FDA Mulls Ban on Newports, Menthol Cigarettes

(Potential menthol cigarette ban report updated with response from Altria Group (MO).)
GREENSBORO, N.C. (TheStreet) -- Lorillard (LO), Reynolds American (RAI) and Altria Group (MO) have been on the rise in recent sessions after a Food and Drug Administration panel did not specifically suggest the agency should ban menthol cigarettes.

The Tobacco Products Scientific Advisory Committee, the FDA panel, did say on March 18 that the removal of menthol cigarettes from the American cigarette market would improve the overall health of the nation, but did not go as far as to suggest a complete ban of the flavored smokes. "The availability of menthol cigarettes has adverse impact on public health by increasing the numbers of smokers," the panel said, adding that it "has no specific suggestions" on how to proceed based on its assertions.

The 2009 Family Smoking Prevention and Tobacco Control Act stipulated that tobacco makers could not add candy-like flavors such as cloves and vanilla to their products, but left the menthol debate up to the FDA.

An "undue emphasis on reduction of menthol relative to other cigarettes may distract from the ultimate health-prevention message that smoking of any cigarettes is injurious to health," the panel said.

A report from the panel is expected to be delivered to the FDA any day now, though the FDA has no deadline to make a decision about a ban on menthols.

Altria Client Services on behalf of Philip Morris USA sent a written report to the FDA summarizing its response to the panel's findings.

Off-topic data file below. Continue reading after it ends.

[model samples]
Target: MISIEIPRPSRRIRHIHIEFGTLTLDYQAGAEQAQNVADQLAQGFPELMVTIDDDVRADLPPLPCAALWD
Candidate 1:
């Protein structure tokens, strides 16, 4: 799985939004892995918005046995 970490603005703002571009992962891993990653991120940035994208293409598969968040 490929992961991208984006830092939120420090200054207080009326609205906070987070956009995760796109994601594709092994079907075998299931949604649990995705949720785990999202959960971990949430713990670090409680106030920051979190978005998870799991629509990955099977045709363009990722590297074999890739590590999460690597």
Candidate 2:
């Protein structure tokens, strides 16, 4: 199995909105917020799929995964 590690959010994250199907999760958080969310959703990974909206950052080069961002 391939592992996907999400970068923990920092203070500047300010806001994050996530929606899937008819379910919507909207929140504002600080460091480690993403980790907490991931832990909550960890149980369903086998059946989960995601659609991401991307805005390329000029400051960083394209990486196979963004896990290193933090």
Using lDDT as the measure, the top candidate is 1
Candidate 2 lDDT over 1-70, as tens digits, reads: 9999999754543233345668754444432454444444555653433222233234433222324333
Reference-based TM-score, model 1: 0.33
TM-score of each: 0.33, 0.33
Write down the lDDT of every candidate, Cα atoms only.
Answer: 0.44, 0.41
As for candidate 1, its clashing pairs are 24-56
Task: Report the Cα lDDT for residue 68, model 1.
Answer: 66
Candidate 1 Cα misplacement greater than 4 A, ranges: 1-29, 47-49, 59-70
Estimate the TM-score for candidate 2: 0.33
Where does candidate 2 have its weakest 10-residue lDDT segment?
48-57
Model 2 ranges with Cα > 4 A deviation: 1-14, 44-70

The Philip Morris report found that its "review of the science- and evidence-based information demonstrates that regulatory actions or restrictions related to the use of menthol in cigarettes are neither necessary nor justified."

"Significant restrictions, like eliminating menthol in cigarettes, would not reduce the population harm caused by cigarette smoking, and would lead to severe and lasting unintended consequences detrimental to public health objectives and society."

The response letter concluded that the FDA should use existing provisions "to undertake an overall approach to reducing the harm from cigarette smoking," adding that "Sound public policy warrants that FDA give these provisions an opportunity to achieve their intended purposes before proposing further or supplemental -- and possibly countervailing -- steps."

Menthol smokes make up about 30% of all the $70 billion U.S. cigarette market, the Wall Street Journal, reported, and are favored by younger smokers and black people.

The scientific advisory panel to the FDA, made up of scientists, physicians, and public health experts, noted that menthol cigarette smoking among adolescents is on the rise, and is "very high" particularly among minority youth. The panel also suggested that adolescents who try menthol, or mint-flavored, cigarettes are more likely to become full-time smokers, and that the menthol flavor of the cigarettes inhibits quitting among certain groups of people.

Researchers at Vanderbilt University were not so sure. They found that menthol cigarettes may actually pose a lower risk for lung cancer than traditional, non-flavored smokes.